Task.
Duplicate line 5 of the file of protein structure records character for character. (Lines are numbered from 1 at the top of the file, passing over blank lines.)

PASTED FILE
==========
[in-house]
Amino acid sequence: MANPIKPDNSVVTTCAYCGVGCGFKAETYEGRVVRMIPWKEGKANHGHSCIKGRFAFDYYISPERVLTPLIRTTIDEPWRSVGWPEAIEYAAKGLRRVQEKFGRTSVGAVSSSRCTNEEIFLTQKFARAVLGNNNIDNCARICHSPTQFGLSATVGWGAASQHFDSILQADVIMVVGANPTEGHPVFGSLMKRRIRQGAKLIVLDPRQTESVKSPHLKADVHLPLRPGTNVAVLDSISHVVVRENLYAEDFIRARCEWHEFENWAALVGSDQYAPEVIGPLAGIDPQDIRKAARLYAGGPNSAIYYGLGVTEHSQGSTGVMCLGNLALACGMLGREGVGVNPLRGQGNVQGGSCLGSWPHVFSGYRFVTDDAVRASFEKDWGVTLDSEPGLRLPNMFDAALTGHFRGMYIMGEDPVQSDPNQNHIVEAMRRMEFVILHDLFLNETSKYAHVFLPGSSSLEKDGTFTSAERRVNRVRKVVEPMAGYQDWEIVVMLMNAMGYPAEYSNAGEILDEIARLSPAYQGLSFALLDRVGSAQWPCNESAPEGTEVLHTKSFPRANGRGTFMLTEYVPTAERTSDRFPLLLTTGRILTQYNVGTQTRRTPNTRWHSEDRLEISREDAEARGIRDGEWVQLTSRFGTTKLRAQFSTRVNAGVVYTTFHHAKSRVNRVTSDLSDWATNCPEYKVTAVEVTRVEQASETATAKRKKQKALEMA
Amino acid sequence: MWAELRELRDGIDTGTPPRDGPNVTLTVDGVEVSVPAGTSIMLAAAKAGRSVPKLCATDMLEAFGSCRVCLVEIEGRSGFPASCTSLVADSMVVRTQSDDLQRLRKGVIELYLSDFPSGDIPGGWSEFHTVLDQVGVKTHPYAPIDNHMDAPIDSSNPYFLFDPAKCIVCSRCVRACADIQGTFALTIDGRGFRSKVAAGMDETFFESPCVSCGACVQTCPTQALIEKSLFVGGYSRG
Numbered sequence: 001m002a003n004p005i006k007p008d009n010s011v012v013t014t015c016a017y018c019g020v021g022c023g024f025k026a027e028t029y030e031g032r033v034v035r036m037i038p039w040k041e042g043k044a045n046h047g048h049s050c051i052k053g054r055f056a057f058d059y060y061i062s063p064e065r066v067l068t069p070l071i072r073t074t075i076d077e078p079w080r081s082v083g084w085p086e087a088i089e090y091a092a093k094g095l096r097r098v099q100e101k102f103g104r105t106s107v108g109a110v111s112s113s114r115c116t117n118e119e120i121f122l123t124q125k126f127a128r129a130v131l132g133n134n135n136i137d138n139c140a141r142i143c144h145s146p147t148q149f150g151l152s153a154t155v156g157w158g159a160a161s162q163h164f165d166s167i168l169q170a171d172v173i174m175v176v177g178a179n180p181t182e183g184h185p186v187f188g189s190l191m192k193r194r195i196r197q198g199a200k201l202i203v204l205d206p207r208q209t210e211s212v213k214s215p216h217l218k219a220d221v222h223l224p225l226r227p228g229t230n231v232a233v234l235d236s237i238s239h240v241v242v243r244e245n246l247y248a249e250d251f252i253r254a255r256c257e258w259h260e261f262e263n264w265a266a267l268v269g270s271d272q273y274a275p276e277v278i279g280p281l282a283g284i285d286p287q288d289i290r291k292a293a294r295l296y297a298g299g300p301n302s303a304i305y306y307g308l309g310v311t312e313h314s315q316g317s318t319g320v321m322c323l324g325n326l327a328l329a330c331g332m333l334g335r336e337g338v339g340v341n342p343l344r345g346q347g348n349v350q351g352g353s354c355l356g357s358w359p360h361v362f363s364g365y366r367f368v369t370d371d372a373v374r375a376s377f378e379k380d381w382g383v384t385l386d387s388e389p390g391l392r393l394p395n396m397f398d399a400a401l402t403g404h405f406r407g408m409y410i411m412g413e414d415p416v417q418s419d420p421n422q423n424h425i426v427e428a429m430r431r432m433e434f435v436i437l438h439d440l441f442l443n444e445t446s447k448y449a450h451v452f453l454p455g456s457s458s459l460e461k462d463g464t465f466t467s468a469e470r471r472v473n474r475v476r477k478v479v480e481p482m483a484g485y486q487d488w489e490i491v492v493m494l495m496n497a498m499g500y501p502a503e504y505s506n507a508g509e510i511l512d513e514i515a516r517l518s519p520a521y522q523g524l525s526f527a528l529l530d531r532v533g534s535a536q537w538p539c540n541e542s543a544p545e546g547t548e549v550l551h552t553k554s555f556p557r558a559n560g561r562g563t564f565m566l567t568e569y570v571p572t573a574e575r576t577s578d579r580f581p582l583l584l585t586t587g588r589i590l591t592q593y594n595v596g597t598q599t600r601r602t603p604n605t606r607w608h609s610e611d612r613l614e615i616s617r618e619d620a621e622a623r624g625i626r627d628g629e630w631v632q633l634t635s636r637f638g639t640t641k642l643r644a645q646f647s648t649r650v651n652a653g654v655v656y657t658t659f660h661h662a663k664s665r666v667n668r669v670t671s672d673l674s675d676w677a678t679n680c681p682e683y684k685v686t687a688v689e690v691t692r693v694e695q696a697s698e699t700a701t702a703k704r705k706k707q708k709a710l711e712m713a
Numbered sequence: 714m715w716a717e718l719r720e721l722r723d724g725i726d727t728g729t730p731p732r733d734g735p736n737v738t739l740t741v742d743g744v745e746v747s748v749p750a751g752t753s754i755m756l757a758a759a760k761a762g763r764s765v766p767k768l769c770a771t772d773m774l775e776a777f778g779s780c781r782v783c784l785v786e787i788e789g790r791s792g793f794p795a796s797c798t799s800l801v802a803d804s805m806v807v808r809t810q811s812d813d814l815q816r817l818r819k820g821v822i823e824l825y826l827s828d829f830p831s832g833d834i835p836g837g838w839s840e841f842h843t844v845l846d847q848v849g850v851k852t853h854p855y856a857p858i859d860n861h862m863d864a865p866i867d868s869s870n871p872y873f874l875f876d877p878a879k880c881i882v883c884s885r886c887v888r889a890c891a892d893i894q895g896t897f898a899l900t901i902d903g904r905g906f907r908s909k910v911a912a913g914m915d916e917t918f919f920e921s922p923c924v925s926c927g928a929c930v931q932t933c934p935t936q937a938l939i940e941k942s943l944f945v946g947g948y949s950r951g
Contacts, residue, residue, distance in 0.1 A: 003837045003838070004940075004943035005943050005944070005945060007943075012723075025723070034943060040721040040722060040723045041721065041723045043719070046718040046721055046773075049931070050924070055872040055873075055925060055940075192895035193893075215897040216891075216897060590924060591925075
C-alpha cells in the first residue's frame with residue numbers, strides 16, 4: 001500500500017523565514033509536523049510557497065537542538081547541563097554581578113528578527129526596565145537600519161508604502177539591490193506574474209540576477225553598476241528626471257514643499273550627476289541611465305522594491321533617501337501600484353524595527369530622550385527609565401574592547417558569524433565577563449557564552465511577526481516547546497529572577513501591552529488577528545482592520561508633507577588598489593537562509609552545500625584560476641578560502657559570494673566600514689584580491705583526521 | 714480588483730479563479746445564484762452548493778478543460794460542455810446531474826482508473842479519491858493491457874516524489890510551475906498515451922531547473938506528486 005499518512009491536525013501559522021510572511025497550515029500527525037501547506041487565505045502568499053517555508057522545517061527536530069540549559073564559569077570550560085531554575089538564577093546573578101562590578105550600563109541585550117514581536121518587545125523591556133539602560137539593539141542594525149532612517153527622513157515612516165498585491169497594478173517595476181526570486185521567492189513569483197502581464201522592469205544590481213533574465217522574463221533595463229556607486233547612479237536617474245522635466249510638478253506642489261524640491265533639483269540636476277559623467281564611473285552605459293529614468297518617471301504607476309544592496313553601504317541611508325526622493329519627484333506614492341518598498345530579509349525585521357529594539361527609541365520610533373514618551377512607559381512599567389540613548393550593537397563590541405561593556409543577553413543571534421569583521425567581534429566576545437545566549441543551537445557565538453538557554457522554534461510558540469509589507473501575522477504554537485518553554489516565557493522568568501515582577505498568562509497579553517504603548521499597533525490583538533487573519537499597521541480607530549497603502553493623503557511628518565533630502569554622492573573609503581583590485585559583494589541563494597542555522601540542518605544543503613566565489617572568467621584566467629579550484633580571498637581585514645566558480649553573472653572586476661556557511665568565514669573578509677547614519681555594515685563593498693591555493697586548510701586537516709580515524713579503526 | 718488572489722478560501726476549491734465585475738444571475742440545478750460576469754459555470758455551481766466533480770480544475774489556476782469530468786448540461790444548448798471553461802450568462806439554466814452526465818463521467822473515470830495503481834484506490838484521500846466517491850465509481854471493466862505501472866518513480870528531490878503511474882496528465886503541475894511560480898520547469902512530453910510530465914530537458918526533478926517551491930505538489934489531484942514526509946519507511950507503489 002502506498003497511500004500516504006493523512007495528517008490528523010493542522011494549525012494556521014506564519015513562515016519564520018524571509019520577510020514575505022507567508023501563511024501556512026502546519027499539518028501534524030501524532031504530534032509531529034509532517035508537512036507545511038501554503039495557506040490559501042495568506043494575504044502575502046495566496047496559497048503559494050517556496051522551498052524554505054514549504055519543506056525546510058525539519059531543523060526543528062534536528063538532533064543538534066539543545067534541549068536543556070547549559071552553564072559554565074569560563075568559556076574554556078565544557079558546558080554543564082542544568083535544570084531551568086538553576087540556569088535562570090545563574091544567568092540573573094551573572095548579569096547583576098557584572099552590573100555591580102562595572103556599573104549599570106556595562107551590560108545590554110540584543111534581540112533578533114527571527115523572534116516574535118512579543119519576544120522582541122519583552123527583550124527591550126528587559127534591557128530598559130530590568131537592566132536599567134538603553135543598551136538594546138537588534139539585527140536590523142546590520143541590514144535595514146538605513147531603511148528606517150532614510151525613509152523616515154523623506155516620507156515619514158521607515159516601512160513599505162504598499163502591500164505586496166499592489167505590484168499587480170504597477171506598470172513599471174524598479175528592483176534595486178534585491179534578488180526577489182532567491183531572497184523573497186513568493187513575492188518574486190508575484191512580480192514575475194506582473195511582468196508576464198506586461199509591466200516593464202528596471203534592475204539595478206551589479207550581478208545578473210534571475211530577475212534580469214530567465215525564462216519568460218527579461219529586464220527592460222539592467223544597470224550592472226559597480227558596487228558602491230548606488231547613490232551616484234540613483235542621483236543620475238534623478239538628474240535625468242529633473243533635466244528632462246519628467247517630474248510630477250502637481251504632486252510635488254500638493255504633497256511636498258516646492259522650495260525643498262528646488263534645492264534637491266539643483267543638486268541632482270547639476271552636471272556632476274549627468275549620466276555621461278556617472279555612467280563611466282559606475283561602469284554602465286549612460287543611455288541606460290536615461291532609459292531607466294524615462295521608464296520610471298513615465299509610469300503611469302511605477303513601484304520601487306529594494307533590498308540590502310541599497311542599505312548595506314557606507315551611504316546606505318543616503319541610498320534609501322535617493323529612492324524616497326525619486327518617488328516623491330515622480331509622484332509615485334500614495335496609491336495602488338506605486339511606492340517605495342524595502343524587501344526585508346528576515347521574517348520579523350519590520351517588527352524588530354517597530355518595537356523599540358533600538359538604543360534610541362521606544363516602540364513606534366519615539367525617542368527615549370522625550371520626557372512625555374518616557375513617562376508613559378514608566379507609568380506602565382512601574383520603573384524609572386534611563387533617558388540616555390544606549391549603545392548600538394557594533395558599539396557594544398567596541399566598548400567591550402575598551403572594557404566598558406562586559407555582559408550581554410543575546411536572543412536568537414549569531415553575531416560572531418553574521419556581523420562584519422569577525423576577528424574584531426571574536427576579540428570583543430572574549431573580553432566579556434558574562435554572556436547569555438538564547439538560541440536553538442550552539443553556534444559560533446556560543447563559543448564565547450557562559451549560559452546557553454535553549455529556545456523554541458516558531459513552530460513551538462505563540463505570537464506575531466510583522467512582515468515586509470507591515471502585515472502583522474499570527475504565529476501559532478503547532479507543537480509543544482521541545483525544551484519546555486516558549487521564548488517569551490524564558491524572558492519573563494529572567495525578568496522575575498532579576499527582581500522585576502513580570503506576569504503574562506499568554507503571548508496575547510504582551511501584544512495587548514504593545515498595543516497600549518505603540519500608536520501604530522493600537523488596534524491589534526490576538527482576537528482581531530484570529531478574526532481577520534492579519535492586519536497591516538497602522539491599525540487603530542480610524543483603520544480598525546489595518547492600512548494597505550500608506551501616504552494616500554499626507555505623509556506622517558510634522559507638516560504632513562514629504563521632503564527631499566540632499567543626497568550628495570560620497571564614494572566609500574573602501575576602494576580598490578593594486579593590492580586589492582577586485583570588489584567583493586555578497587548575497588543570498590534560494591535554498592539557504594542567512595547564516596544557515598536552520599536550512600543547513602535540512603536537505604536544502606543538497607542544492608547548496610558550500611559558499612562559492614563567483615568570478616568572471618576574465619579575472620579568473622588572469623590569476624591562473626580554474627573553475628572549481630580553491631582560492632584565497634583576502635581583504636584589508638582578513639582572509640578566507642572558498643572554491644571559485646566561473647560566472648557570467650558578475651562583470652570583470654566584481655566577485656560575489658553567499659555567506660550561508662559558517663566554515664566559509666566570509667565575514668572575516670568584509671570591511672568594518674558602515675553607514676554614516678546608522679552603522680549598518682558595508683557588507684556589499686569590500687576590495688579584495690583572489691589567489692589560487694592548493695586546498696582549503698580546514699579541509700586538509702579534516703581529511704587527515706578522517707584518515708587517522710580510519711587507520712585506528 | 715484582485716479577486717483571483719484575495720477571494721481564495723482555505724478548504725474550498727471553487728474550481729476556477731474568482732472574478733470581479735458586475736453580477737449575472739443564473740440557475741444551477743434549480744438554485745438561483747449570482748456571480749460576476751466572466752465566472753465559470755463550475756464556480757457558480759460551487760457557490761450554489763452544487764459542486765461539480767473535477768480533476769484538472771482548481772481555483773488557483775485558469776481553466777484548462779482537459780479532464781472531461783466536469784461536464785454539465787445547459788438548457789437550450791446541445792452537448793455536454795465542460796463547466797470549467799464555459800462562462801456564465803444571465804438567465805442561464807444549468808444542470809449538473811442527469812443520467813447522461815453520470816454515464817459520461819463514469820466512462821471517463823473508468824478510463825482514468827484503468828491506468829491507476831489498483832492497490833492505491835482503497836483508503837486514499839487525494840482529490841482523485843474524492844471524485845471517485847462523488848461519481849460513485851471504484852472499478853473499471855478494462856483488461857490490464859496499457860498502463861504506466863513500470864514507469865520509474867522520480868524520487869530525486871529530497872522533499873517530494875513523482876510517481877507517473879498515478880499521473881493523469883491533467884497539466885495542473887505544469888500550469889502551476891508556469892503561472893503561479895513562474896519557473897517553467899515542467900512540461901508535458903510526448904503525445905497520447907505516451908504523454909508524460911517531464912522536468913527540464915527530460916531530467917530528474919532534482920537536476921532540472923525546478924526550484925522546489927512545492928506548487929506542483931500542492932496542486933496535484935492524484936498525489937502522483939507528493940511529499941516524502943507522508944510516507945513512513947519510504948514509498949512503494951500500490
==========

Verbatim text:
Numbered sequence: 714m715w716a717e718l719r720e721l722r723d724g725i726d727t728g729t730p731p732r733d734g735p736n737v738t739l740t741v742d743g744v745e746v747s748v749p750a751g752t753s754i755m756l757a758a759a760k761a762g763r764s765v766p767k768l769c770a771t772d773m774l775e776a777f778g779s780c781r782v783c784l785v786e787i788e789g790r791s792g793f794p795a796s797c798t799s800l801v802a803d804s805m806v807v808r809t810q811s812d813d814l815q816r817l818r819k820g821v822i823e824l825y826l827s828d829f830p831s832g833d834i835p836g837g838w839s840e841f842h843t844v845l846d847q848v849g850v851k852t853h854p855y856a857p858i859d860n861h862m863d864a865p866i867d868s869s870n871p872y873f874l875f876d877p878a879k880c881i882v883c884s885r886c887v888r889a890c891a892d893i894q895g896t897f898a899l900t901i902d903g904r905g906f907r908s909k910v911a912a913g914m915d916e917t918f919f920e921s922p923c924v925s926c927g928a929c930v931q932t933c934p935t936q937a938l939i940e941k942s943l944f945v946g947g948y949s950r951g